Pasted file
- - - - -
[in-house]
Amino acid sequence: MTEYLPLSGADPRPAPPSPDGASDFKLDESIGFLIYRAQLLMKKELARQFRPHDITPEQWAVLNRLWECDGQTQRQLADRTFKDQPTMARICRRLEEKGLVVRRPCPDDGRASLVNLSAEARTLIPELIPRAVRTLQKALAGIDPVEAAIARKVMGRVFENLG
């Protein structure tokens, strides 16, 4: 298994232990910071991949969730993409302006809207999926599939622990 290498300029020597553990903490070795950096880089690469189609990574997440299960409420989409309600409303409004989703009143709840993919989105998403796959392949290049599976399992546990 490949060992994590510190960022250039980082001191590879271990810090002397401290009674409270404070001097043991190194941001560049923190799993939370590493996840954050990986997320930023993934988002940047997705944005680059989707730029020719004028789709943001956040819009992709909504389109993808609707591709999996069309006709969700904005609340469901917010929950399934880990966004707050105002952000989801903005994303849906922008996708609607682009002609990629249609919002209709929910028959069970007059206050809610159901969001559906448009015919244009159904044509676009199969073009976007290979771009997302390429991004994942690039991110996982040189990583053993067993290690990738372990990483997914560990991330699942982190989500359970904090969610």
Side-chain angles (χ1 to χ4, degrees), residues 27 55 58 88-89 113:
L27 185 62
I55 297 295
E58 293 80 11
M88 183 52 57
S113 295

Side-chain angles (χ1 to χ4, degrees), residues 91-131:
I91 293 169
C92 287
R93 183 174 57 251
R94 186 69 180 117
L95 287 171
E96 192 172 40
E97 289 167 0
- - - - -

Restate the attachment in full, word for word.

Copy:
[in-house]
Amino acid sequence: MTEYLPLSGADPRPAPPSPDGASDFKLDESIGFLIYRAQLLMKKELARQFRPHDITPEQWAVLNRLWECDGQTQRQLADRTFKDQPTMARICRRLEEKGLVVRRPCPDDGRASLVNLSAEARTLIPELIPRAVRTLQKALAGIDPVEAAIARKVMGRVFENLG
């Protein structure tokens, strides 16, 4: 298994232990910071991949969730993409302006809207999926599939622990 290498300029020597553990903490070795950096880089690469189609990574997440299960409420989409309600409303409004989703009143709840993919989105998403796959392949290049599976399992546990 490949060992994590510190960022250039980082001191590879271990810090002397401290009674409270404070001097043991190194941001560049923190799993939370590493996840954050990986997320930023993934988002940047997705944005680059989707730029020719004028789709943001956040819009992709909504389109993808609707591709999996069309006709969700904005609340469901917010929950399934880990966004707050105002952000989801903005994303849906922008996708609607682009002609990629249609919002209709929910028959069970007059206050809610159901969001559906448009015919244009159904044509676009199969073009976007290979771009997302390429991004994942690039991110996982040189990583053993067993290690990738372990990483997914560990991330699942982190989500359970904090969610």
Side-chain angles (χ1 to χ4, degrees), residues 27 55 58 88-89 113:
L27 185 62
I55 297 295
E58 293 80 11
M88 183 52 57
S113 295

Side-chain angles (χ1 to χ4, degrees), residues 91-131:
I91 293 169
C92 287
R93 183 174 57 251
R94 186 69 180 117
L95 287 171
E96 192 172 40
E97 289 167 0